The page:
The First Crusade began towards the end of the 11th century. On their way towards the Holy Land, the Crusaders passed the Rhine River and several Jewish villages there. They passed through around the time of the holiday of Shavuot, the holiday coming next week, and slaughtered every Jew in the villages they passed who would not convert to Christianity. This event was marked in the Ashkenazic liturgy by saying Av Harachamim on the Shabbatot before Shavuot and before Tisha B'Av (that is the original practice, as other massacres took place in other communities, many marked by saying Av Harachim on the anniversaries of those massacres, the practice became to expand the occasions on which it is said in most communities).
A few notes connecting that event to our times. One, just as the Crusaders were motivated by religious passion, Muslim jihadis do so today. Two, just as the Crusaders offered a particular appeal to the criminals of their time, so does today's call for avenging the honor of Islam. Three, just as participating in the Crusades promised one forgiveness for all sins and thus a ticket to heaven, today's avengers of the honor of Islam are promised 72 virgins in paradise.
A few more notes. While the attitudes towards non-believers in Christianity persisted for centuries afterwards, new theology did eventually take root in Christianity. Today, the theological tenets that propelled the Crusades among Christians nine centuries ago are popular across a broad segment of Islam. Many outside of Islam argue that these tenets are an immutable aspect of Islam and that we are therefore at war with all of Islam. My question to proponents of that notion is what about Islam today could not have been said about Christianity of the 11th century and thus can not be overcome the way that the Crusading theology of Christianity was superceded by Nostra Aetate? This is not to advocate any let up against those who profess an Islamic version of the Crusaders' theology, only to recognize the difference between practicing the five pillars and professing that theology.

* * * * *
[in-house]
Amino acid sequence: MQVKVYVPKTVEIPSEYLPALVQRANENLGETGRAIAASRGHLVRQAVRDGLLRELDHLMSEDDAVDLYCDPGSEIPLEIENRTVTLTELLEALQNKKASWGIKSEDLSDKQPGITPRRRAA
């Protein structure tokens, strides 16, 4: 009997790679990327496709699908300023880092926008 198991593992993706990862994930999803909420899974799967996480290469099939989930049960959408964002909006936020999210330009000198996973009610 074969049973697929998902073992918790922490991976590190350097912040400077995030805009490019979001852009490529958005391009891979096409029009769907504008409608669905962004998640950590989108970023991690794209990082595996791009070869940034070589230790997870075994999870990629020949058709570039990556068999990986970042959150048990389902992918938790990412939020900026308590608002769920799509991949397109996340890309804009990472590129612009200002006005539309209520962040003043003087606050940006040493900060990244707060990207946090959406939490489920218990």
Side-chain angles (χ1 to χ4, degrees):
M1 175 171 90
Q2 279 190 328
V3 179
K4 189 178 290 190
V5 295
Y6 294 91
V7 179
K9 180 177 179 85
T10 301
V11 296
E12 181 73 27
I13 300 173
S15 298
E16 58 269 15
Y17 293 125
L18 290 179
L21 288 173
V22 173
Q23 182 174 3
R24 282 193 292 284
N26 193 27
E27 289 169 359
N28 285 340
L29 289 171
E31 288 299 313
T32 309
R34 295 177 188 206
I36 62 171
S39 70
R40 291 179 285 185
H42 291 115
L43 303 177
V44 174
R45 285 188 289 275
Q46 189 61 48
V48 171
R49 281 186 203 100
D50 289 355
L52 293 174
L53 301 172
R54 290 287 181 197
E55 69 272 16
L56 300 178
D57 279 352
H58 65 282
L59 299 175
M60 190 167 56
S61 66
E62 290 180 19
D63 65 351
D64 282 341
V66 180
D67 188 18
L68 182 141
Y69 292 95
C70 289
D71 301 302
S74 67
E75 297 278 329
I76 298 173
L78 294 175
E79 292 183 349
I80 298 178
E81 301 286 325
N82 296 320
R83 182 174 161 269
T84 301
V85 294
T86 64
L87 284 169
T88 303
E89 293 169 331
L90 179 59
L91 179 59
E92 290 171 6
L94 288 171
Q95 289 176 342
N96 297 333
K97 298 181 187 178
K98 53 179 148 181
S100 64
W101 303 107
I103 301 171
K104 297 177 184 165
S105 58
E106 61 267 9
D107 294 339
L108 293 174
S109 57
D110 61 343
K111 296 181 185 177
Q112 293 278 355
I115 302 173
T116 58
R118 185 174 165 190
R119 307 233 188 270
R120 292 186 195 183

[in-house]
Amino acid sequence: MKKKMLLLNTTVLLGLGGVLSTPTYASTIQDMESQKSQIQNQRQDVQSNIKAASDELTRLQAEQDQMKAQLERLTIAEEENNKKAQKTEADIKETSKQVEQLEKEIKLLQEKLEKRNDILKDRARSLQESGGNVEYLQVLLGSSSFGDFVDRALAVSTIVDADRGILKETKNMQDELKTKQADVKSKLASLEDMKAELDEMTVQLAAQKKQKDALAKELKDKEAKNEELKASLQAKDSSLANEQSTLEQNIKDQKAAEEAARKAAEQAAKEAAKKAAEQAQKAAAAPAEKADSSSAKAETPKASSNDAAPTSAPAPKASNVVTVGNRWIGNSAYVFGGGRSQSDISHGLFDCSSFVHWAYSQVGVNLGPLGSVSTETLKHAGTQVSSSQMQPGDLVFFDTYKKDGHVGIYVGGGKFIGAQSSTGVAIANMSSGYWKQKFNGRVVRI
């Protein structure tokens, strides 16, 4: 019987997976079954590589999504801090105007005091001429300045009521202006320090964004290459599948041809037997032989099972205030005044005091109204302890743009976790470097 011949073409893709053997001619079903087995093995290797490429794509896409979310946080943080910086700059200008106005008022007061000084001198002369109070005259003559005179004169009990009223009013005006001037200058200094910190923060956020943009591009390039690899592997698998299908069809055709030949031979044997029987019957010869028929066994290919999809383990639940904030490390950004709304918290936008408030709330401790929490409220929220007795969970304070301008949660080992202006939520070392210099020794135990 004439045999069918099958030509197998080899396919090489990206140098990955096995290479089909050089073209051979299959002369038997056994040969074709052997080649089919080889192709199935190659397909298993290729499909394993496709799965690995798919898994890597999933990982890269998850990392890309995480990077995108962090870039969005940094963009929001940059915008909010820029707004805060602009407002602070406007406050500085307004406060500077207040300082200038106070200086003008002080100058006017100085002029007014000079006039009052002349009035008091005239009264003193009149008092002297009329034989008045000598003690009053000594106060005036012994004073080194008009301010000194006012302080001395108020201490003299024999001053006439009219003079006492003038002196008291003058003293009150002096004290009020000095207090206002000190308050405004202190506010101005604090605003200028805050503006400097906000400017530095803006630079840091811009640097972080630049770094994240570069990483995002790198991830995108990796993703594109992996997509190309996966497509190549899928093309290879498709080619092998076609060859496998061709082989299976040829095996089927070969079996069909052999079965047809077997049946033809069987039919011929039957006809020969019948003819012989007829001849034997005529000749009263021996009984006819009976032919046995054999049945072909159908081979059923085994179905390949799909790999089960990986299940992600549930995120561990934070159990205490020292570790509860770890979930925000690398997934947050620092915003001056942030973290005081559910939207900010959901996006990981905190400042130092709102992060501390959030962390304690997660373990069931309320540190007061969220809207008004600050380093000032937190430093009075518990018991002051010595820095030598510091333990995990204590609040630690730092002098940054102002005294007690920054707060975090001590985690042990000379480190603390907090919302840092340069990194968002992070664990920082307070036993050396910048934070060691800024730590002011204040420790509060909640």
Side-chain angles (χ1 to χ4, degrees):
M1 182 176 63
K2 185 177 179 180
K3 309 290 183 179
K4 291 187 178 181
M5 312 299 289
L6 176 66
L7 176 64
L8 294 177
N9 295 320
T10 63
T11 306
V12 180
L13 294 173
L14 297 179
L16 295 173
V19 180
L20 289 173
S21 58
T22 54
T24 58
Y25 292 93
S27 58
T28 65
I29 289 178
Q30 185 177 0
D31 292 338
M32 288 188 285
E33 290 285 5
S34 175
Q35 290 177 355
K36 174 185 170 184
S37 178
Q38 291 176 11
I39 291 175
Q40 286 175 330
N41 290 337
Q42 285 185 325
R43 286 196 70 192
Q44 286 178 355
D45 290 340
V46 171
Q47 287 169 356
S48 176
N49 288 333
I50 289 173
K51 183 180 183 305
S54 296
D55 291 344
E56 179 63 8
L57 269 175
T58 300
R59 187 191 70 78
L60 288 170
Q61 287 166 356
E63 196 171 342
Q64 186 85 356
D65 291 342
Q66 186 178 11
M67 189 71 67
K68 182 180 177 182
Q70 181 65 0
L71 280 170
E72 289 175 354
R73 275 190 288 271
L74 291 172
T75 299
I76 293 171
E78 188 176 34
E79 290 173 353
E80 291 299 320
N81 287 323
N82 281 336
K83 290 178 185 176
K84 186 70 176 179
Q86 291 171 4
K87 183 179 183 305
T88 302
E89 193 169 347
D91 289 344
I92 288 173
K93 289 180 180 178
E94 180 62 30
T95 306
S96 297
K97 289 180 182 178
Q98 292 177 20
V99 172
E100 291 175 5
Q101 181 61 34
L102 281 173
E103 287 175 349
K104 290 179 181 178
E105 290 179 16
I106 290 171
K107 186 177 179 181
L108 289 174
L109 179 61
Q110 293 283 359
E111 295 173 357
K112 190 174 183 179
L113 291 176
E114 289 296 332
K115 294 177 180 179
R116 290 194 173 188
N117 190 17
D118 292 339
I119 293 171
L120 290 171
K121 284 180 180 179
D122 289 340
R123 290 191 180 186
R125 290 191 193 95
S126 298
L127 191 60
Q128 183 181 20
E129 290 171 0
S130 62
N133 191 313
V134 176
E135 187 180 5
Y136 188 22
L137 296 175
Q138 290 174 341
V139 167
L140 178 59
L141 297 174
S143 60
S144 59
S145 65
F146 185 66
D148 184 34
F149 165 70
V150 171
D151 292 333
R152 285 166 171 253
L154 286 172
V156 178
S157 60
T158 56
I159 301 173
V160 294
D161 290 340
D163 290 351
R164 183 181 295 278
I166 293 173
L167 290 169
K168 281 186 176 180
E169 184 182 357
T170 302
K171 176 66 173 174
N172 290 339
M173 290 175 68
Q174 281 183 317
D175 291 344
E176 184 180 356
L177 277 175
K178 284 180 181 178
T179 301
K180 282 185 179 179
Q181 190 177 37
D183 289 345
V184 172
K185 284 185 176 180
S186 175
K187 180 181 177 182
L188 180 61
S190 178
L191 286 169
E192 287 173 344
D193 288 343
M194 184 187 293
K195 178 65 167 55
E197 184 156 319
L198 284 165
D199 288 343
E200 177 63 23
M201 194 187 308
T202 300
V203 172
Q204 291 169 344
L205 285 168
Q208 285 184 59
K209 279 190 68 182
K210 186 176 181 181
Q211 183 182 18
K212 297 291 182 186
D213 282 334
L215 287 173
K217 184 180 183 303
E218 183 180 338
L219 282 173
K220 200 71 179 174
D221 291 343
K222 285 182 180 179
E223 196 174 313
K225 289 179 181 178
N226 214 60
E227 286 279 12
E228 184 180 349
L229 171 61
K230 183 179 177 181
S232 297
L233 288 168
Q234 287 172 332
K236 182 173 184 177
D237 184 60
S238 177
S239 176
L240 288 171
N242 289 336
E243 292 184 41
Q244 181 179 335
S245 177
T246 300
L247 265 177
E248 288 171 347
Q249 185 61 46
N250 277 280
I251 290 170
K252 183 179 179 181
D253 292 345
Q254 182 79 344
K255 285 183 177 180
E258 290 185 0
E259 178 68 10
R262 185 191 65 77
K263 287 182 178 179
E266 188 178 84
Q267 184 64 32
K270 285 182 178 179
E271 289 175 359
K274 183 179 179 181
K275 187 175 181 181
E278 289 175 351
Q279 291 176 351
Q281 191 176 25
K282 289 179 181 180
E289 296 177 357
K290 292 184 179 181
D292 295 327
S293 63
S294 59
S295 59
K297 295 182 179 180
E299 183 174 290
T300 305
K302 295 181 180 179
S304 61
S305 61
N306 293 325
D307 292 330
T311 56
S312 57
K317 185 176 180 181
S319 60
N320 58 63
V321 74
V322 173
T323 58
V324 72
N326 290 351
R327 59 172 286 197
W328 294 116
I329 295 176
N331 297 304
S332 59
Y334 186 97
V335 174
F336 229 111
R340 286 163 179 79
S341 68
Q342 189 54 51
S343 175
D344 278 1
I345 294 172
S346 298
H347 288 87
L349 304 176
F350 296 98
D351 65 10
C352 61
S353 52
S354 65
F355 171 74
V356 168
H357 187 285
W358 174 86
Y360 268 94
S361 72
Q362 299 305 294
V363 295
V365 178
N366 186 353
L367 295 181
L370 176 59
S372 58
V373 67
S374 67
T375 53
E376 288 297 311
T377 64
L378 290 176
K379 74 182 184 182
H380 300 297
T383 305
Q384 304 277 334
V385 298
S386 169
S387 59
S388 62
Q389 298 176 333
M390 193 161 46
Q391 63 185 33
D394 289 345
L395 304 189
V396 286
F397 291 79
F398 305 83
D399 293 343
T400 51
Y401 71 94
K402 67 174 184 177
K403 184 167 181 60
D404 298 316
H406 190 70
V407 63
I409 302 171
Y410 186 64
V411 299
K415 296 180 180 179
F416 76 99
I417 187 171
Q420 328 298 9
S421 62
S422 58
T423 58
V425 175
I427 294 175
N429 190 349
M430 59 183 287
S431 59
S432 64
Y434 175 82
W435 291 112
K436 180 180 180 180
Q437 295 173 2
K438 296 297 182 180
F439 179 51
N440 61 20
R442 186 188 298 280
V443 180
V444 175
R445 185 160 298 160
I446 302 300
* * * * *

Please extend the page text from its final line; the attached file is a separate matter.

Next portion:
Along a different strand of thought, "jihad" is term of honor to many Muslims. Does the fact that those avenging the honor of Islam call their action "jihad" mean that we should dignify them by using their preferred term as well? As I showed above, their actions have substantial parallels with the Crusades. Further, the term "Crusader" is derogatory term for Muslims, recall bin Laden calling those attacking him "Crusaders and Jews." Why not call them Crusaders, or to specify their cause, Islamic Crusaders?